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Interaction between the Gly460Trp alpha-adducin gene variant and diuretics on the risk of myocardial infarction.

AbstractINTRODUCTION:
The Gly460Trp variant of the alpha-adducin gene has been associated with the salt-sensitive and diuretic responsive form of hypertension.
OBJECTIVE:
The aim of the study was to determine whether the alpha-adducin 460Trp variant allele modifies the risk-lowering effect of diuretics on myocardial infarction (MI).
DESIGN, SETTING AND PARTICIPANTS:
In a population-based registry of pharmacy records linked to hospital discharge records (PHARMO), we used a nested case-control design. We selected patients hospitalized for MI as cases if they had at least one prescription for antihypertensive drugs in the 3 months prior to their first MI and were registered in PHARMO for at least 1 year. Controls that were matched on age, sex, region and calendar date, met the same eligibility criteria as the patients, but were not hospitalized for MI. Only current users of antihypertensive drugs in whom the Gly460Trp polymorphism was genotyped were included for this study. Logistic regression analysis was used to calculate odds ratio (OR), synergy indices, 95% confidence intervals (CIs) and to adjust for the potential confounding factors high cholesterol, smoking, BMI, diabetes, physical activity, alcohol use, use of loop diuretics, coumarins, antiplatelet drugs, ischemic heart disease and number of antihypertensive drugs.
RESULTS:
The study included 613 patients and 3627 controls. Compared with users of other antihypertensives, the risk of MI was significantly lower among users of thiazide diuretics (OR 0.71, 95% CI 0.55-0.92). Among patients with the adducin variant the risk of MI was similar among thiazide users as compared with users of other antihypertensives (OR 0.88, 95% CI 0.58-1.33), whereas among wild-type carriers this risk was significantly lower (OR 0.62, 95% CI 0.44-0.87). The interaction between current use of diuretics and the alpha-adducin polymorphism was not statistically significantly increased on the multiplicative scale (synergy index 1.41, 95% CI 0.91-2.17). In sensitivity analyses, we found a nonsignificant trend towards a difference between patients who used potassium-sparing diuretics (synergy index 0.98, 95% CI 0.45-2.12) and patients who did not use potassium-sparing diuretics (synergy index 1.60, 95% CI 0.98-2.60) and a statistically significant difference between patients on monotherapy (synergy index 0.69, 95% CI 0.30-1.59) and those on combination therapy (synergy index 1.90, 95% CI 1.04-3.47).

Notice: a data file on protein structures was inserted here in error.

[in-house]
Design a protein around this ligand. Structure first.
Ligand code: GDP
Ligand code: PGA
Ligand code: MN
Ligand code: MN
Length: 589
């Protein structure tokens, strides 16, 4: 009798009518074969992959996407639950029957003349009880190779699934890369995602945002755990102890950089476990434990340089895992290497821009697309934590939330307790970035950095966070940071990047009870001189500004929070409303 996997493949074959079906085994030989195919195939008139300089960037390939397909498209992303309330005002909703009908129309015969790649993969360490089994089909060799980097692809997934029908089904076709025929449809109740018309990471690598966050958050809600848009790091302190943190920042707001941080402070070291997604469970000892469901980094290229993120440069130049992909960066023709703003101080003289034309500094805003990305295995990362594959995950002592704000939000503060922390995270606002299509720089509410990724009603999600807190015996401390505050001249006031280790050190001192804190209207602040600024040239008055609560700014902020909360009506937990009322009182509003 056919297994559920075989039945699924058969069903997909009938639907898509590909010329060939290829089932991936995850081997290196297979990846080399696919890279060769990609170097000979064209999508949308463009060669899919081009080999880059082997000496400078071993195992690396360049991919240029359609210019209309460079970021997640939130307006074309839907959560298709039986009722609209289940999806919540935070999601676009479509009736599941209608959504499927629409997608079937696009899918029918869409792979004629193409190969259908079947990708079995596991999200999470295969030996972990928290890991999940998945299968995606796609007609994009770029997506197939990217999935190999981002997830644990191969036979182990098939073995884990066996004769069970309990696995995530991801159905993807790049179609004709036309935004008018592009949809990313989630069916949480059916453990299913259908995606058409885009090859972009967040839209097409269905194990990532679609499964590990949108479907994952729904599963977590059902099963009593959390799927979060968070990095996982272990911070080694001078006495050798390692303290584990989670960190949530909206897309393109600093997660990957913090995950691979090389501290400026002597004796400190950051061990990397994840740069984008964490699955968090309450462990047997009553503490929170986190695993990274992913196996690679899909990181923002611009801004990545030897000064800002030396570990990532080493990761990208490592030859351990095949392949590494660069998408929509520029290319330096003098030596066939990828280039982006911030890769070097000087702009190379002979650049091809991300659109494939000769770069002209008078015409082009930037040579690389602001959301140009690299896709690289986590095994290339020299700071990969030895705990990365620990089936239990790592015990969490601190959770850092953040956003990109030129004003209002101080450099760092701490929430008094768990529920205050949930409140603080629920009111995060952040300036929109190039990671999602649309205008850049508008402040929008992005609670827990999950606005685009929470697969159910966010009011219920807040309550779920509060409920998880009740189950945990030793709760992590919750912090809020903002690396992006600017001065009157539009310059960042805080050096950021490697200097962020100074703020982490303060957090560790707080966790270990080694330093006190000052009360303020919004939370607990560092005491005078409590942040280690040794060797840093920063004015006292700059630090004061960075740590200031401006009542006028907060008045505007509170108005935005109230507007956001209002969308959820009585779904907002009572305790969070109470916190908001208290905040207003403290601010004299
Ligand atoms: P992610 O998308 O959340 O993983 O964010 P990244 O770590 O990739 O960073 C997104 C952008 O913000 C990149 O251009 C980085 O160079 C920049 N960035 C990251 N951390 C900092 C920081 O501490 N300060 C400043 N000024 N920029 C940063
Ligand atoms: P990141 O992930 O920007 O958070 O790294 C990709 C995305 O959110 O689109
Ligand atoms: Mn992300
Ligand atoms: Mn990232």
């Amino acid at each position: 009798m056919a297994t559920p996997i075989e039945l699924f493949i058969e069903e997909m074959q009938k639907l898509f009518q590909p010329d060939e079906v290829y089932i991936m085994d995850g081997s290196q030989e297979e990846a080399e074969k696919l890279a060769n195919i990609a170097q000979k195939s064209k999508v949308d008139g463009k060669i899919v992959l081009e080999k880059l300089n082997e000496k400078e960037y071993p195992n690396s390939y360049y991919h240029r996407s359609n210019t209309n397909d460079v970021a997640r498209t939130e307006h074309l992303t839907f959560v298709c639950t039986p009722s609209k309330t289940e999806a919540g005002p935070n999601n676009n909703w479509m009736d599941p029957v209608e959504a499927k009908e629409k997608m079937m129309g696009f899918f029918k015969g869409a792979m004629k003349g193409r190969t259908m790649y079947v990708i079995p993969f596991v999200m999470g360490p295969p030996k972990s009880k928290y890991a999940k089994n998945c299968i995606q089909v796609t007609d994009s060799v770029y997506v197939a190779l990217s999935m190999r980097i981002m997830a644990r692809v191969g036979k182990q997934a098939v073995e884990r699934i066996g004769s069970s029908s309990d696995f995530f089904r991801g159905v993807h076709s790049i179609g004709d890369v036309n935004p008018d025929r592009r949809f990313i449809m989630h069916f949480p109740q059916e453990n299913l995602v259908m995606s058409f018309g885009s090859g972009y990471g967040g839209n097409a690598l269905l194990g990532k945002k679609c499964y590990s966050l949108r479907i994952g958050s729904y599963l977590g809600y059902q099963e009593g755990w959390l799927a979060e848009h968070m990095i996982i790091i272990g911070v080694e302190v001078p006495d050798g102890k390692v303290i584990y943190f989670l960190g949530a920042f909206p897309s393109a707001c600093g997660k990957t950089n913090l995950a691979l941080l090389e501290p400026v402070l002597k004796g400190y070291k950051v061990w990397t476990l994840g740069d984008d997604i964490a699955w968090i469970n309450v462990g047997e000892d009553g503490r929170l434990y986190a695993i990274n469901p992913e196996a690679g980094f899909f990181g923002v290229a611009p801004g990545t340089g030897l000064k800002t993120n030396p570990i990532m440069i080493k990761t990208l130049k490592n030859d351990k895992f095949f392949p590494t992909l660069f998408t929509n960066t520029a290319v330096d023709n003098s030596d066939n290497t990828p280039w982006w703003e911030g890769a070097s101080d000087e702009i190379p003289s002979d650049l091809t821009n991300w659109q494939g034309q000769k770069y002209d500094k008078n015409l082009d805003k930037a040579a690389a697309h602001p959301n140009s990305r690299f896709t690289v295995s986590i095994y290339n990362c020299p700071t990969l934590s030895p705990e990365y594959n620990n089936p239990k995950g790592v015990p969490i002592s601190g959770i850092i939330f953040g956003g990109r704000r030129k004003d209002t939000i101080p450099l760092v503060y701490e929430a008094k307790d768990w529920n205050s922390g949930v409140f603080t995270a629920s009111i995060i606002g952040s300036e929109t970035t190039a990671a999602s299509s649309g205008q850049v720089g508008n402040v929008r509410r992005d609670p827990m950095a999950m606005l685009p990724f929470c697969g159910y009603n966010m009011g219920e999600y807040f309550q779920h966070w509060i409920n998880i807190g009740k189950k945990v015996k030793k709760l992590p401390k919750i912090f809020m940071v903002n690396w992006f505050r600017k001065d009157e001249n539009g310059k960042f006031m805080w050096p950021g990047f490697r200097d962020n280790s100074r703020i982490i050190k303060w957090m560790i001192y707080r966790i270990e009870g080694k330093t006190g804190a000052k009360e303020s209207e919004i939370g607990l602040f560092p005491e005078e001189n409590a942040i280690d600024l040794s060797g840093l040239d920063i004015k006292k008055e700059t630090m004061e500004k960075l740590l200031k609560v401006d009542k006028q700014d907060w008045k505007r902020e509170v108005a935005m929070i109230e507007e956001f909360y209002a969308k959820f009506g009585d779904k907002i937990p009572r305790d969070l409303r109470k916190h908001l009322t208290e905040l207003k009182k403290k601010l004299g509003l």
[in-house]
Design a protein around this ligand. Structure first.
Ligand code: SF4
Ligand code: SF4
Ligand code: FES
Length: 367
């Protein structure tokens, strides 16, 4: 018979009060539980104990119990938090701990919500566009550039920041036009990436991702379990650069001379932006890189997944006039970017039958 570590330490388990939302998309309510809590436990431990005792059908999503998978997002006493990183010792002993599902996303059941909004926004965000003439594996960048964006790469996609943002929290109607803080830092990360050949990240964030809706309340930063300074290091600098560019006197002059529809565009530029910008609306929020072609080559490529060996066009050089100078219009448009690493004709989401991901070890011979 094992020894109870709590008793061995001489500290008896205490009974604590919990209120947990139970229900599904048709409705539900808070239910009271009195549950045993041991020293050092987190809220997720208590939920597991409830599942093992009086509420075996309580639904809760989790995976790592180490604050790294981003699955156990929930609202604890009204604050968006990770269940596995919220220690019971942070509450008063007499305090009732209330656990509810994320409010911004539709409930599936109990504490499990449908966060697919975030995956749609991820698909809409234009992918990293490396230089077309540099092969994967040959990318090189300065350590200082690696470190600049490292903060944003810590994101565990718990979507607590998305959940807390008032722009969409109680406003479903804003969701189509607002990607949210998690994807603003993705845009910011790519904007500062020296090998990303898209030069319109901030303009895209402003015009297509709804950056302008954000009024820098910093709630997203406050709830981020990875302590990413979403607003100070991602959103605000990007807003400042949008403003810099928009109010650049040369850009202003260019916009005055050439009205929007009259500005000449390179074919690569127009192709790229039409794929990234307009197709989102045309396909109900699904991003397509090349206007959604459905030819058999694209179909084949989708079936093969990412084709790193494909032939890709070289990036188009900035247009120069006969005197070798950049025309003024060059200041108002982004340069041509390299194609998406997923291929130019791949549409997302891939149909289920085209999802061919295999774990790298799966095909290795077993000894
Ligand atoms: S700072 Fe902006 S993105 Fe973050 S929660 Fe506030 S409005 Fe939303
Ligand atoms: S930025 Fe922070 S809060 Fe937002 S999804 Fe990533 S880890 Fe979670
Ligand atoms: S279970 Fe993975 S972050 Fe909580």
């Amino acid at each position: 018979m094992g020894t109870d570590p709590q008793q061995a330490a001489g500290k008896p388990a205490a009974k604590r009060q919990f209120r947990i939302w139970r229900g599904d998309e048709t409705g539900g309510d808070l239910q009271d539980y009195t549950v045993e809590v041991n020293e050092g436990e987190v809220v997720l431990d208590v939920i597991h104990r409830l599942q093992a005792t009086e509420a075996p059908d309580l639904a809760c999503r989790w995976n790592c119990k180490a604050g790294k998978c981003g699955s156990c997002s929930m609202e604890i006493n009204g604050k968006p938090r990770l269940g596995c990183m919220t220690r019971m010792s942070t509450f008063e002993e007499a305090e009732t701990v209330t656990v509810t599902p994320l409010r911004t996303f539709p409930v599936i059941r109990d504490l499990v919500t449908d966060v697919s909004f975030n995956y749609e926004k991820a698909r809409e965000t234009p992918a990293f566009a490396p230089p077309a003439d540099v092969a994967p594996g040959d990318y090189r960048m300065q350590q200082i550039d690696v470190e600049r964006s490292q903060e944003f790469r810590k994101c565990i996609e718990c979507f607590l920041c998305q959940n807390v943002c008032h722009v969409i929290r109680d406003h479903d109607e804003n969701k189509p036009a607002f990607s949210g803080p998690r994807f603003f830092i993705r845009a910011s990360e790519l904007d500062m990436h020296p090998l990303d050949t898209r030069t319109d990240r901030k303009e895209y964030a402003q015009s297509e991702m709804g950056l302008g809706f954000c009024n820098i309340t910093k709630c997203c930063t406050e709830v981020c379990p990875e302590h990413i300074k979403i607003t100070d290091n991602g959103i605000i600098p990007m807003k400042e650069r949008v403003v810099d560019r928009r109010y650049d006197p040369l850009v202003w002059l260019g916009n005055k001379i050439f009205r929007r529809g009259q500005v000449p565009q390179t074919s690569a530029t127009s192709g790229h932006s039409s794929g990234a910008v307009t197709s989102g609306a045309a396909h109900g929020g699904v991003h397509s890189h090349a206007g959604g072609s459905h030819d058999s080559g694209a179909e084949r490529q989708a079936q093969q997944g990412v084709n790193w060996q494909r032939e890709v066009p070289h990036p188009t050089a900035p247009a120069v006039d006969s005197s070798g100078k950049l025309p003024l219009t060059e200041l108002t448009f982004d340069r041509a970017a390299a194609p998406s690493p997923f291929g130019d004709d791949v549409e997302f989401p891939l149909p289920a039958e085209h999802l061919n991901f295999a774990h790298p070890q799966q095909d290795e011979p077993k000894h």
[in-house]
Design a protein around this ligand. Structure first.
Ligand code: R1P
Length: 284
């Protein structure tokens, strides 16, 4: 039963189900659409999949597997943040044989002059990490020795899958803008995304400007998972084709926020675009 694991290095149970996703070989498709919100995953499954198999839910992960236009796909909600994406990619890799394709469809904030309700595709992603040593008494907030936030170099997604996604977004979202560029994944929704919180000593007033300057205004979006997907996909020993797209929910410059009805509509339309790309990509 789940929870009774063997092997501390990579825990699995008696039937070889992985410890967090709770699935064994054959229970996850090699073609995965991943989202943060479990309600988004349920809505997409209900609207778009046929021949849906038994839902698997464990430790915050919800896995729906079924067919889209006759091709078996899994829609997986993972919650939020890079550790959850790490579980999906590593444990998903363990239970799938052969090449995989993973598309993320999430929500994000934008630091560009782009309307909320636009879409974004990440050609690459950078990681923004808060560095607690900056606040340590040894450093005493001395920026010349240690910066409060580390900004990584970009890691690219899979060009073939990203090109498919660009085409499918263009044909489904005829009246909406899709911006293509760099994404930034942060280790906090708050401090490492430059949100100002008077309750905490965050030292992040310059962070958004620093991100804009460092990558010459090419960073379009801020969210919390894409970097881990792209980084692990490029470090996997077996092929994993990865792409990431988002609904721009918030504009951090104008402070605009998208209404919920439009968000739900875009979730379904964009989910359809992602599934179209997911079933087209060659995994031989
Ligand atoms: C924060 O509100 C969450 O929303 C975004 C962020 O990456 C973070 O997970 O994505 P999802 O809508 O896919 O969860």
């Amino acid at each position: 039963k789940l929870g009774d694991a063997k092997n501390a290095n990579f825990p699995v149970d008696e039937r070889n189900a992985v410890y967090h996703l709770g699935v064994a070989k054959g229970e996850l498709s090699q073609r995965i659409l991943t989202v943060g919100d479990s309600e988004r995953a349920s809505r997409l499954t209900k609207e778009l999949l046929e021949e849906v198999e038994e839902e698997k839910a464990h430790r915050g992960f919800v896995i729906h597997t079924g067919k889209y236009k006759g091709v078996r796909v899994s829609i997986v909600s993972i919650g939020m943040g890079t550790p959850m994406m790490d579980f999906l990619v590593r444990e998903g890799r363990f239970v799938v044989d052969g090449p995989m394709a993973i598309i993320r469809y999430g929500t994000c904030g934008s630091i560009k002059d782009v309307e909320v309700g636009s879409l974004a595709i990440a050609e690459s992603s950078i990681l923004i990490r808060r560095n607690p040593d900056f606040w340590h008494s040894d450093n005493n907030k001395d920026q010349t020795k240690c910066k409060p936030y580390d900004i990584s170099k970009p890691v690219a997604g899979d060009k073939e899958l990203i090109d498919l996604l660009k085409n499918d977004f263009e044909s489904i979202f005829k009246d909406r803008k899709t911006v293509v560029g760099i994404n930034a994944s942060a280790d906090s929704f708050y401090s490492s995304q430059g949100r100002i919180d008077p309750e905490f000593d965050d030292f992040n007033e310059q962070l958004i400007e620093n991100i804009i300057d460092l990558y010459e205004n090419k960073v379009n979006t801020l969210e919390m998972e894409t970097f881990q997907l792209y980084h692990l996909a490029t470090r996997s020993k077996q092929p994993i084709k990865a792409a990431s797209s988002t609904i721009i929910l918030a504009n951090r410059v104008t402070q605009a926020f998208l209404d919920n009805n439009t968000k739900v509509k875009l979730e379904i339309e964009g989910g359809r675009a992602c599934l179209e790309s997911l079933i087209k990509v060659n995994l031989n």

CONCLUSION:
This study suggests that the alpha-adducin gene does not play an important role in modifying the risk of nonfatal MI associated with the use of thiazide diuretics.
AuthorsDiane B M A van Wieren-de Wijer, Anke-Hilse Maitland-van der Zee, Anthonius de Boer, Abraham A Kroon, Peter W de Leeuw, Paul Schiffers, Rob G J H Janssen, Bruce M Psaty, Cornelia M van Duijn, Bruno H Ch Stricker, Olaf H Klungel
JournalJournal of hypertension (J Hypertens) Vol. 27 Issue 1 Pg. 61-8 (Jan 2009) ISSN: 0263-6352 [Print] England
PMID19145769 (Publication Type: Journal Article, Research Support, Non-U.S. Gov't)
Chemical References
  • Calmodulin-Binding Proteins
  • Sodium Chloride Symporter Inhibitors
  • adducin
  • Peptidyl-Dipeptidase A
Topics
  • Calmodulin-Binding Proteins (genetics)
  • Case-Control Studies
  • Female
  • Humans
  • Hypertension (complications, drug therapy, genetics)
  • Male
  • Middle Aged
  • Myocardial Infarction (etiology)
  • Peptidyl-Dipeptidase A (genetics)
  • Polymorphism, Genetic
  • Risk Factors
  • Sodium Chloride Symporter Inhibitors (therapeutic use)

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